Free flu jabs to protect council services

By on 14/11/2014 in Deputy Leader, News
Cllr Ian Ward

Cllr Ian Ward

Birmingham City Council staff are again being offered free flu jabs this winter after a pilot scheme last year was labelled a success.

Last winter over 1,000 city council employees were given free flu jabs in a scheme that contributed to a cut in sickness rates by an average of 1.7 days per staff member.

That reduction equates to approximately £2.5 million in savings and Deputy Leader, Cllr Ian Ward, hopes this year’s initiative will have a similar impact.

He said: “Last year’s flu jab scheme proved to be a big success, helping to keep members of staff fit and healthy throughout the winter, protecting frontline services and reducing the cost of absenteeism over the winter months.

“I’ll be having my jab and I would encourage my colleagues to do the same. Flu can be a very serious illness and this is the right thing to do, not only to protect staff but also members of the public who come into contact with Birmingham City Council staff.”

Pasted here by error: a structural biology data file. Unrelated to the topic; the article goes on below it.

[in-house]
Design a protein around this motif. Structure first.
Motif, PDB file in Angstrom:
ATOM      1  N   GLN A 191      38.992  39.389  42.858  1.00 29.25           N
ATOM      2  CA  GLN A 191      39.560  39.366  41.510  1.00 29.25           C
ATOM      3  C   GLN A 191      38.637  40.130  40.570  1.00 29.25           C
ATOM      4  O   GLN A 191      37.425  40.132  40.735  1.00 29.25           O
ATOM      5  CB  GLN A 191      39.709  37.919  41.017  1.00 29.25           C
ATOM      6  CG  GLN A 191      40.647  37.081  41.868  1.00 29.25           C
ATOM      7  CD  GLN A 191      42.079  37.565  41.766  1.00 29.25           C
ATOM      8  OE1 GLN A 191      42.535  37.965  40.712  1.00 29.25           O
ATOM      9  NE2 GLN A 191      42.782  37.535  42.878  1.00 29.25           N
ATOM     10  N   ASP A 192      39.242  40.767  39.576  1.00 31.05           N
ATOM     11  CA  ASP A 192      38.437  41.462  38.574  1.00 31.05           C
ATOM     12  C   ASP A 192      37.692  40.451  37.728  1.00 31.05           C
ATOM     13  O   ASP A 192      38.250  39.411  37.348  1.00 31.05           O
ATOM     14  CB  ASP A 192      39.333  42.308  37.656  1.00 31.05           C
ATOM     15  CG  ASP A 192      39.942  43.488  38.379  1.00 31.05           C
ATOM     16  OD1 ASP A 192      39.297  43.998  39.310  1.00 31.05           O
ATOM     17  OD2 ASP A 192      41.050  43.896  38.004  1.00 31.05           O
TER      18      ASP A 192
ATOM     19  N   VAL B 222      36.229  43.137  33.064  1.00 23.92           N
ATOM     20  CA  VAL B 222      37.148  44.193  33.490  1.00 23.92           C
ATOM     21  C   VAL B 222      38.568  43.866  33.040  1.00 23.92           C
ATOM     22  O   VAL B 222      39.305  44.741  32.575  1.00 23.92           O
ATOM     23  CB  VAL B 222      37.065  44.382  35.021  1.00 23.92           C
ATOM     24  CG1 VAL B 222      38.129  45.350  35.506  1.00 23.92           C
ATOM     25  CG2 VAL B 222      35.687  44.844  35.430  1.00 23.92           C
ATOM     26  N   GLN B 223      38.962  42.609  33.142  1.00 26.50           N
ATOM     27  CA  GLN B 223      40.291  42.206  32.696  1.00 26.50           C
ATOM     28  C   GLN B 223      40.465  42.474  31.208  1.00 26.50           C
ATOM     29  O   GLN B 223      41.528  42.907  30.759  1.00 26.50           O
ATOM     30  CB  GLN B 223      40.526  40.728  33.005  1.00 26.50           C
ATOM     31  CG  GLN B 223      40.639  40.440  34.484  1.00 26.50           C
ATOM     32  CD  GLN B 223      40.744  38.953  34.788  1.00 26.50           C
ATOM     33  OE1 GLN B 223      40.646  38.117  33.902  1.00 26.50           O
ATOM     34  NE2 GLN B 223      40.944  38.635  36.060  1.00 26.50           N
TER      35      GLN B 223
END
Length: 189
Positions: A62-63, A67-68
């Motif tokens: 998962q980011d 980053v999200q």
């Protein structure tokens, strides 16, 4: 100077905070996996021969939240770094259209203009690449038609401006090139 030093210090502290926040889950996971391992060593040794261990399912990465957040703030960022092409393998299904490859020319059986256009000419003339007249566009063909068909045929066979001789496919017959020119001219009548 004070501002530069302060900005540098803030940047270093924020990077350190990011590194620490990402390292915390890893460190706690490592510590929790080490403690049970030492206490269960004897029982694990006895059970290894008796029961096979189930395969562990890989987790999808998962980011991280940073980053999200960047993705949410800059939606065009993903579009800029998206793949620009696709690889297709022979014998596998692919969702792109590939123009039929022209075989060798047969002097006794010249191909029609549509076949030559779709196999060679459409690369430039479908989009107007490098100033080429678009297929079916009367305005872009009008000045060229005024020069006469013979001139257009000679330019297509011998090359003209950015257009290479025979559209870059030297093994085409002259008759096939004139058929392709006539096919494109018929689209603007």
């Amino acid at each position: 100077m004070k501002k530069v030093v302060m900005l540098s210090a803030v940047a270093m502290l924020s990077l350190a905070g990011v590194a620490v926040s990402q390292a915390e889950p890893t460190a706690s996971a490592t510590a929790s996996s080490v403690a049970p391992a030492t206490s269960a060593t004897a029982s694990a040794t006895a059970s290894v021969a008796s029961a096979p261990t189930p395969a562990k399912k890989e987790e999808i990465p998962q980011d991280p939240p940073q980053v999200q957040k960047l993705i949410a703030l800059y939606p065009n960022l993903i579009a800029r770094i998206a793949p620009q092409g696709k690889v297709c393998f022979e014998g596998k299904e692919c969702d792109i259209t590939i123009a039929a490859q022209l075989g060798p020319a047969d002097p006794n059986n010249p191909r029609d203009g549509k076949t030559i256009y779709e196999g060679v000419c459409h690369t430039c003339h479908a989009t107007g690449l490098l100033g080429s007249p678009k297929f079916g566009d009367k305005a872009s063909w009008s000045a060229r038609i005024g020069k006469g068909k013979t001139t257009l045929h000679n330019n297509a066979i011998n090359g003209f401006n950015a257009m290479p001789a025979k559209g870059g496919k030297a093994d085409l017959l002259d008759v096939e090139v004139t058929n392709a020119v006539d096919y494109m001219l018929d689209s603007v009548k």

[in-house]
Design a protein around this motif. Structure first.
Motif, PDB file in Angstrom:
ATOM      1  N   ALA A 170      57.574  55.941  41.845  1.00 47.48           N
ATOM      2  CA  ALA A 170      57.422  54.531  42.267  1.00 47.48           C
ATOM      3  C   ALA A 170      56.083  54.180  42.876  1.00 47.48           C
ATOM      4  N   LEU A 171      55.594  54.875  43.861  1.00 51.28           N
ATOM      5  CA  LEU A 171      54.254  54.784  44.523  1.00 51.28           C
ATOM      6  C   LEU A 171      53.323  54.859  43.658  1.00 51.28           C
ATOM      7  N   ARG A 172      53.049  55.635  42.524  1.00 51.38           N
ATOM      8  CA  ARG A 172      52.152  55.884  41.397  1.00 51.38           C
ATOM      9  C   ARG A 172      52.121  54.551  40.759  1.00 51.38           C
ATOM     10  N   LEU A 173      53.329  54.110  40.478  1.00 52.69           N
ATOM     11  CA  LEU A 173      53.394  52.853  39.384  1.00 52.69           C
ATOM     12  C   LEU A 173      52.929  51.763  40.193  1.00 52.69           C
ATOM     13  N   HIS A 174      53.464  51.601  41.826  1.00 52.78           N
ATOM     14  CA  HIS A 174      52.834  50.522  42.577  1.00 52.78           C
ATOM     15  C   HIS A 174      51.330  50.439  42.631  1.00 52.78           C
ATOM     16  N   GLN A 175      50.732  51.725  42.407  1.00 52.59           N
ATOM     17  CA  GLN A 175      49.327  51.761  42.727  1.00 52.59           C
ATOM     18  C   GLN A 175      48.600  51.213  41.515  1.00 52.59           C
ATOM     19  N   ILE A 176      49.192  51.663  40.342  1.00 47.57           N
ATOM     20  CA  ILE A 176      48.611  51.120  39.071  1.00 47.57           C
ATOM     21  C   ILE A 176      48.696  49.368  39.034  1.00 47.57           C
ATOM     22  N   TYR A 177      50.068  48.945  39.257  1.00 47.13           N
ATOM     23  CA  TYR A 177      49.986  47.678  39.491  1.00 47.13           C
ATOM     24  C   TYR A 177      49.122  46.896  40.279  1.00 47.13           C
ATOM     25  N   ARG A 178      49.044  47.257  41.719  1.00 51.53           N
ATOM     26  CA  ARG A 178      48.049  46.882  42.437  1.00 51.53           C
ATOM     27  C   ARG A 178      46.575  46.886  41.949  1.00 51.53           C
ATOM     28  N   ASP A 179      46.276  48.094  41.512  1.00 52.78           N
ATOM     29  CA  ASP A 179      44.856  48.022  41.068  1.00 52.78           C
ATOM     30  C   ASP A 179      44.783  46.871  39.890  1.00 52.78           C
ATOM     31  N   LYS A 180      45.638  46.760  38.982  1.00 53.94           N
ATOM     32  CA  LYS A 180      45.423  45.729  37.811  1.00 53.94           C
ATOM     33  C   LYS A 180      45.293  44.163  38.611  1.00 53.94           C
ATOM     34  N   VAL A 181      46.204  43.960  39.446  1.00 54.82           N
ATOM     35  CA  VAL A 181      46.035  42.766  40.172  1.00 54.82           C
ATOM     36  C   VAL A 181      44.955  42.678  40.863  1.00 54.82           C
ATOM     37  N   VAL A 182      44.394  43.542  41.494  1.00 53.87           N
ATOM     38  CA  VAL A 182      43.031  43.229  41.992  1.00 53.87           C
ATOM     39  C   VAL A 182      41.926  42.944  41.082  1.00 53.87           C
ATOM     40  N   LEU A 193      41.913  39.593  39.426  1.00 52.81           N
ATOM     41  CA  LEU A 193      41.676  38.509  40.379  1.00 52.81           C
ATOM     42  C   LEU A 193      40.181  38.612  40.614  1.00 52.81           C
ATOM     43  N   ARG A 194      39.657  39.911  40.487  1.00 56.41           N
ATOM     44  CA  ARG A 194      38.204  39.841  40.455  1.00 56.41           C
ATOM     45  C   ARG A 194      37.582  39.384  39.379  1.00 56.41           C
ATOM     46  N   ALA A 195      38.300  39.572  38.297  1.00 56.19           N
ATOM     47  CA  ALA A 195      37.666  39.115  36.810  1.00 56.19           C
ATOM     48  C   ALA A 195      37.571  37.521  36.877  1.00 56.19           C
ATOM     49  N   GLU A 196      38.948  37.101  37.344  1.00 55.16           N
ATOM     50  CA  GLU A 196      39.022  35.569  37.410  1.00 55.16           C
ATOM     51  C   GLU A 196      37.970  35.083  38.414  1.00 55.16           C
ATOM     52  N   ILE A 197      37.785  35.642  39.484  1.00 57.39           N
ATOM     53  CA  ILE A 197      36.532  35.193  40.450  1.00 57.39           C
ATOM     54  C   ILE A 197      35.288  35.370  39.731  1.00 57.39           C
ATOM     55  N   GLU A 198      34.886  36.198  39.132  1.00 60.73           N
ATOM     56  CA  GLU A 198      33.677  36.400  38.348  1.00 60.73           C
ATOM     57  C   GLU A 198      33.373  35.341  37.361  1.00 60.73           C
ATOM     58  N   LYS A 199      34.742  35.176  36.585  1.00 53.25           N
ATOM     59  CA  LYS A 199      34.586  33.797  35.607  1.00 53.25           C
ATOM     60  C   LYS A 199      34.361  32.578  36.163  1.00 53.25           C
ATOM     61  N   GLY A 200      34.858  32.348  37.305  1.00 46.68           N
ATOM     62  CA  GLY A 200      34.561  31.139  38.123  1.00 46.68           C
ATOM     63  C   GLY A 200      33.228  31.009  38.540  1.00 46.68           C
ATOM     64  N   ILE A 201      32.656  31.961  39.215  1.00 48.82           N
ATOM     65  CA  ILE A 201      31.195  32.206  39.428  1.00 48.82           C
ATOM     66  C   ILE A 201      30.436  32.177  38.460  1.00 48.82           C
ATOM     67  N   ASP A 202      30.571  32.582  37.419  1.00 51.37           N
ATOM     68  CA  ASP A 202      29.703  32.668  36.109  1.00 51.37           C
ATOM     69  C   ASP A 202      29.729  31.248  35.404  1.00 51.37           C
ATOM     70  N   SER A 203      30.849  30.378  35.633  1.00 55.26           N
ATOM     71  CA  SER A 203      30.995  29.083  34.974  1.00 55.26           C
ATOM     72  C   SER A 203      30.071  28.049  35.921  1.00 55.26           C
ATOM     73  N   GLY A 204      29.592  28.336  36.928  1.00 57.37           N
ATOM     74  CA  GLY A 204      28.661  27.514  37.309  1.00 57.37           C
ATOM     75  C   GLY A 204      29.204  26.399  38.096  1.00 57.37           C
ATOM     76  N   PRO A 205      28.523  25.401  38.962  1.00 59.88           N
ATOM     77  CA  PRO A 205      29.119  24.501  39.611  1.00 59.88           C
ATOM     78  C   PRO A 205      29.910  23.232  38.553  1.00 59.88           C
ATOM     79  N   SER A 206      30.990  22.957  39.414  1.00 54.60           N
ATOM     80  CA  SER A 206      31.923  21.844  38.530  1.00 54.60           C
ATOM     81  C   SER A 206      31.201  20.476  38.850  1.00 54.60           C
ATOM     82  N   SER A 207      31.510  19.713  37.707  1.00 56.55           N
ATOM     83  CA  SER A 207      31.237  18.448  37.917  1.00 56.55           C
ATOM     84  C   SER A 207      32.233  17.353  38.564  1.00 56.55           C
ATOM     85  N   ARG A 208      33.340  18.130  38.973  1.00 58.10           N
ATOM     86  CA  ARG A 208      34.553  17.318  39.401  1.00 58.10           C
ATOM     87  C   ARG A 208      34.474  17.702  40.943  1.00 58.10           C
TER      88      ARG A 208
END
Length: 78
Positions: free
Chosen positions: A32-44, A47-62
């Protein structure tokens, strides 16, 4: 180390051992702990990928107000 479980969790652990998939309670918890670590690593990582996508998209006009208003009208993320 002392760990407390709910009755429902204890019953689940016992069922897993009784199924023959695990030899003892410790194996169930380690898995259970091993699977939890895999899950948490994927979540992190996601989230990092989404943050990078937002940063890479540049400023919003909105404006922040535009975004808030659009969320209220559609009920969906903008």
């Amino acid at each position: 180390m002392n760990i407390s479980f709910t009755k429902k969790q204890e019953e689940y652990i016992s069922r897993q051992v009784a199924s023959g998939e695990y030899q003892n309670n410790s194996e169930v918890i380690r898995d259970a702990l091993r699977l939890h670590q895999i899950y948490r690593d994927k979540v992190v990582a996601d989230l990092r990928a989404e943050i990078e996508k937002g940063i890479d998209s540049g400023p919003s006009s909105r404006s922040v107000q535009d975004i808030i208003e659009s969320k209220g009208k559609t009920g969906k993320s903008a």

In addition to flu jabs, staff are being offered information on how to protect themselves and their families, sanitising wipes and hand sanitizer.

Flu facts

For most healthy people, flu is an unpleasant but usually self-limiting disease with recovery generally within a week. However, older people, the very young, pregnant women and those with underlying disease are at particular risk of severe illness if they catch flu.

Every year, hundreds of thousands of people may see their GP and tens of thousands may be hospitalised because of flu each winter.

Symptoms of flu can be very unpleasant and can last for several days – flu can lead to more serious complications like pneumonia and bronchitis which need hospital treatment.

The best way to protect yourself, your family and your work colleagues is to get the flu jab.

Those who have long term conditions are among the most at risk from flu – if you’re in an at risk group you are on average 11 times more likely to die than someone who is not in an at-risk group. GP surgery and make an appointment.

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